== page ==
The West's dependence on oil won't set the tinderbox alight. The stress points will be farther east as China and India bulk up on an unrestrained hydrocarbon diet.
By BILL BARNES
Evening traffic snarl in Beijing brings the throng to a halt - Photo: Getty Images
WHEN nations don’t produce all of something they need, they want it more. When nations lose traditional clients for something they sell, they try harder to sell it. This is true even in today’s wired, interconnected, globally traded world. All this becomes painfully true when what they want, or what they sell, is oil.
Despite the “Green Energy Revolution” spearheaded by the European Union, there’s no quick substitute for oil in the transport sector. Cars and buses and jet aircraft all burn petroleum products, and will for the foreseeable future. But demand for oil is undergoing rapid geographical change. The Asia-Pacific Region is drinking more and more of the world’s favourite hydrocarbon. This trend will colour its policies and those of the producers in the Middle East that sit on nearly 60 percent of the World’s oil reserves, and 30 percent of its output.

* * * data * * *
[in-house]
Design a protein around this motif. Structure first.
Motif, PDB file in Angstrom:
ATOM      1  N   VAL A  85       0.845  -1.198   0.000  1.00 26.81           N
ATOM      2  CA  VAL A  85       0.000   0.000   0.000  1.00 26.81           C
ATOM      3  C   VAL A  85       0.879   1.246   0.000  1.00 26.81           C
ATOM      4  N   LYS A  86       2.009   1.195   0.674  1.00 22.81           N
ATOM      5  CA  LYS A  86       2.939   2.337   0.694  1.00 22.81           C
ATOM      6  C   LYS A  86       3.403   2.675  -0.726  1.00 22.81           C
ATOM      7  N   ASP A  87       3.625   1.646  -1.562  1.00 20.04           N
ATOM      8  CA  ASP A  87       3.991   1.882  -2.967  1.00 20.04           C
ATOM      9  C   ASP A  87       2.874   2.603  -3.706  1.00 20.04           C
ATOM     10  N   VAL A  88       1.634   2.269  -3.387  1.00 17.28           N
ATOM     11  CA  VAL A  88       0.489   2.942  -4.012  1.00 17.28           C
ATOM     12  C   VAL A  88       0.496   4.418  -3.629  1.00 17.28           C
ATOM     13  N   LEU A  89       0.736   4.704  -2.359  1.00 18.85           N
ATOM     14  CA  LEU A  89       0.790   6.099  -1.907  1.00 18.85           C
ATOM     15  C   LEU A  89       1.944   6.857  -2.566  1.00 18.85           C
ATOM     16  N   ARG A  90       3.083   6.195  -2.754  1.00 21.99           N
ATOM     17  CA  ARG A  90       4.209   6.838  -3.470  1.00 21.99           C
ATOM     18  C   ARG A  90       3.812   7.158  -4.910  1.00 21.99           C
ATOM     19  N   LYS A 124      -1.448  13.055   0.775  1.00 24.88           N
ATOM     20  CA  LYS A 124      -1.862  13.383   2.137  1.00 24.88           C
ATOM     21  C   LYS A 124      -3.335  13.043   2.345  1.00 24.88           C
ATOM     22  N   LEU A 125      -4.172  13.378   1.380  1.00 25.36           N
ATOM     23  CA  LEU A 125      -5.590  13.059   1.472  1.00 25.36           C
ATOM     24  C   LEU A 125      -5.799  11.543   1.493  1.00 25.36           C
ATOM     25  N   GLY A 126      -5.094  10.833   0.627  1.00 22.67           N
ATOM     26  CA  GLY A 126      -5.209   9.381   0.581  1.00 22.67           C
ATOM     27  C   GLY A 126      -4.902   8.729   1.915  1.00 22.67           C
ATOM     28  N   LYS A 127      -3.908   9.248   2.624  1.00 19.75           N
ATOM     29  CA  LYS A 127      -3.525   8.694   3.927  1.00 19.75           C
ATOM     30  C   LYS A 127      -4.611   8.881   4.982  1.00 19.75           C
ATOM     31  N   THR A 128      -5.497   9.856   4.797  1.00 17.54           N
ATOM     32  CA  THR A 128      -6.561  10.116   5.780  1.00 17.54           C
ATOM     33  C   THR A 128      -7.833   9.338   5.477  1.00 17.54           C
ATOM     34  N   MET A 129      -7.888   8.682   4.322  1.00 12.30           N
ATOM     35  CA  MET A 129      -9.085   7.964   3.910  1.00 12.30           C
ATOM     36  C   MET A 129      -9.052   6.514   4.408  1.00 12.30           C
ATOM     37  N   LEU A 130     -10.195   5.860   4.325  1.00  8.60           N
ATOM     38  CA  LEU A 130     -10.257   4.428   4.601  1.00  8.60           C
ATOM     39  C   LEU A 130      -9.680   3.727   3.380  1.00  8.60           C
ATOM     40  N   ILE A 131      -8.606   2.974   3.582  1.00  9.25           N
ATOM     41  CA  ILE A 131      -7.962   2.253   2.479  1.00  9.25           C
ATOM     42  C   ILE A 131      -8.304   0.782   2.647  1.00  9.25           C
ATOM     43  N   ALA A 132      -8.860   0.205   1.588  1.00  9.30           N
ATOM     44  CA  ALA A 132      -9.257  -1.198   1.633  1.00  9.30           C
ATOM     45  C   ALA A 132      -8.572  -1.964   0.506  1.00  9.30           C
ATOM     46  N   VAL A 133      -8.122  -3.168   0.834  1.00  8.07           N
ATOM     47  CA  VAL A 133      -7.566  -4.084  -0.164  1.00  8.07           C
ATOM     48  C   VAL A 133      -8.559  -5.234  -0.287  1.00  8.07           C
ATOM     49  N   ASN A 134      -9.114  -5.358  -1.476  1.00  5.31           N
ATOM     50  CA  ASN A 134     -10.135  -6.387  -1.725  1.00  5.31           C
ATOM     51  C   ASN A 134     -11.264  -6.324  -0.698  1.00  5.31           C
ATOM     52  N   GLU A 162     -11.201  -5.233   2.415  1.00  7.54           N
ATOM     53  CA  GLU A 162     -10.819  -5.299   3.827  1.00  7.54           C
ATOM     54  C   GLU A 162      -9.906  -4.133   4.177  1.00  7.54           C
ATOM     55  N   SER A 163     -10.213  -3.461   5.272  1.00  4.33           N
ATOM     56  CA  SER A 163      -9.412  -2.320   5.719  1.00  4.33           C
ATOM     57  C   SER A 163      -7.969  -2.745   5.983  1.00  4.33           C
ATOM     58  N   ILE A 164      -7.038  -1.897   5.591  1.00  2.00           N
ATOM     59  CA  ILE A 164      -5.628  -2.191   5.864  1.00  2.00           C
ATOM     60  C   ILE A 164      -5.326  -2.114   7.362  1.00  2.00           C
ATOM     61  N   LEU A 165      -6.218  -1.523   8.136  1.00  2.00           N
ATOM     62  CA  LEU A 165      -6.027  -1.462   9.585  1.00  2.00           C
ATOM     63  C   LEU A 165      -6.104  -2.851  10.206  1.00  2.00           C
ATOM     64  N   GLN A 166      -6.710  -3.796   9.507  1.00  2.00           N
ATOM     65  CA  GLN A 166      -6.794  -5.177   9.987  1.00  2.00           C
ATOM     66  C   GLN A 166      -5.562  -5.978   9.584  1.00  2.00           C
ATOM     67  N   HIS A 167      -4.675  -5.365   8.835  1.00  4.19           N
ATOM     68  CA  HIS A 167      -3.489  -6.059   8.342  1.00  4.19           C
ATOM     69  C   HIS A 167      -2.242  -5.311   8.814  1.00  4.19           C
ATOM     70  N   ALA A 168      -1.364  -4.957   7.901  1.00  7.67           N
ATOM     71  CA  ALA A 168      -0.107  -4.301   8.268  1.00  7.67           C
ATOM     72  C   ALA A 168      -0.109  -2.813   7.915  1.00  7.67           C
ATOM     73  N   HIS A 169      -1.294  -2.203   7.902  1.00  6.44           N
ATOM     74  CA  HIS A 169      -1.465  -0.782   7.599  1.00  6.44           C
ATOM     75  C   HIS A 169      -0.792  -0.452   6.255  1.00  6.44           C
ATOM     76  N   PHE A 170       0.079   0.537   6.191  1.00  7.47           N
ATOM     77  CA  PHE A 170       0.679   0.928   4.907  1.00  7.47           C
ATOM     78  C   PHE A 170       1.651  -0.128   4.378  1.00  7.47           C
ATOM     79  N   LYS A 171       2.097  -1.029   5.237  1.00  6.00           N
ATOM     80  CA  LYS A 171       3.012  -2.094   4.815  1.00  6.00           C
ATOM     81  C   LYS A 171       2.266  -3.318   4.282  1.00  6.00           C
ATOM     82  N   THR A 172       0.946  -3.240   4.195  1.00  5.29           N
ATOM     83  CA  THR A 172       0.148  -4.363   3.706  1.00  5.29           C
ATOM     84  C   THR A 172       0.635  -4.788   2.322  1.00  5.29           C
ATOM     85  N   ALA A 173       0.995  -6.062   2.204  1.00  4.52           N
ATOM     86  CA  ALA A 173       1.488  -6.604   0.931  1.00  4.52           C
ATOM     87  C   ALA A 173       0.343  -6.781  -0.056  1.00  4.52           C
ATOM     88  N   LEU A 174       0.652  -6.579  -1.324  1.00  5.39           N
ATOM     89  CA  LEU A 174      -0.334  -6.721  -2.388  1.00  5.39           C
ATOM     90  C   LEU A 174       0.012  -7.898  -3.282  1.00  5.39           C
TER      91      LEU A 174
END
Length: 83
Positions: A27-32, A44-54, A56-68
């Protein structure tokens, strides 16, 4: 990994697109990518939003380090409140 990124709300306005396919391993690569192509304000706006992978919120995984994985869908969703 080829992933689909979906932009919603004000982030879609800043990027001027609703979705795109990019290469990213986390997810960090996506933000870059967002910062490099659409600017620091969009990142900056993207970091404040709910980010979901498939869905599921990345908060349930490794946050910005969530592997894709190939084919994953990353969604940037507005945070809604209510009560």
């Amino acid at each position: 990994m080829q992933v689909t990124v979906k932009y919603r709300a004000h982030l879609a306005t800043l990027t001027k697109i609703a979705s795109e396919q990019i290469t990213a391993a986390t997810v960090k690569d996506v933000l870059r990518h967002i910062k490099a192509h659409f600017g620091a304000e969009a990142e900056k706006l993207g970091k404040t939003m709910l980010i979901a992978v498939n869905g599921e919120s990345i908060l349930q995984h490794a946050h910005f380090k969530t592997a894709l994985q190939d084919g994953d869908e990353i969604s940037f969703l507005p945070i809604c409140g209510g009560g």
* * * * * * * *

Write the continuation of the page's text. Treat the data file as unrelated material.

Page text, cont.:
Today Asia-Pacific is the world’s largest oil consuming region. According to the latest BP Statistical Review of World Energy, it consumes 26 million barrels a day (b/d), or 31 percent of world demand, and those figures are rising. By contrast, the US, long the world’s biggest oil guzzler, consumes “only” 18.7 million b/d, but that figure’s falling. As in so many other fields, the key to Asia-Pacific’s burgeoning oil demand, and its consequences, lies in the two presumptive future superpowers, China and India. Everyone else in the region will have to adjust to the ride.
As in so many other fields, the key to Asia-Pacific’s burgeoning oil demand, and its consequences, lies in the two presumptive future superpowers, China and India. Everyone else in the region will have to adjust to the ride
Half a century ago, the US imported almost no oil. As a non-oil importer, it brushed aside a half-hearted oil embargo by Arab oil producers in the wake of the 1956 Suez crisis. Seventeen years later, by 1973, the US imported about a third of the oil it consumed. The OAPEC oil embargo that followed that year’s Arab-Israeli war tripled oil prices (in 2009 dollars) compared with 1956, and caused a world-wide recession.
In 1993, China became a net oil importer. Seventeen years later it’s the world’s second largest oil consumer. It imports just under 60 percent of its oil consumption. Over the same period, India’s oil consumption has leapt 242 percent, and it imports 76 percent of its oil consumption. Since 1993 oil prices (in 2009 dollars) have tripled. War and instability have spread from the Gulf into Central Asia, and much of the world is mired in a significant recession.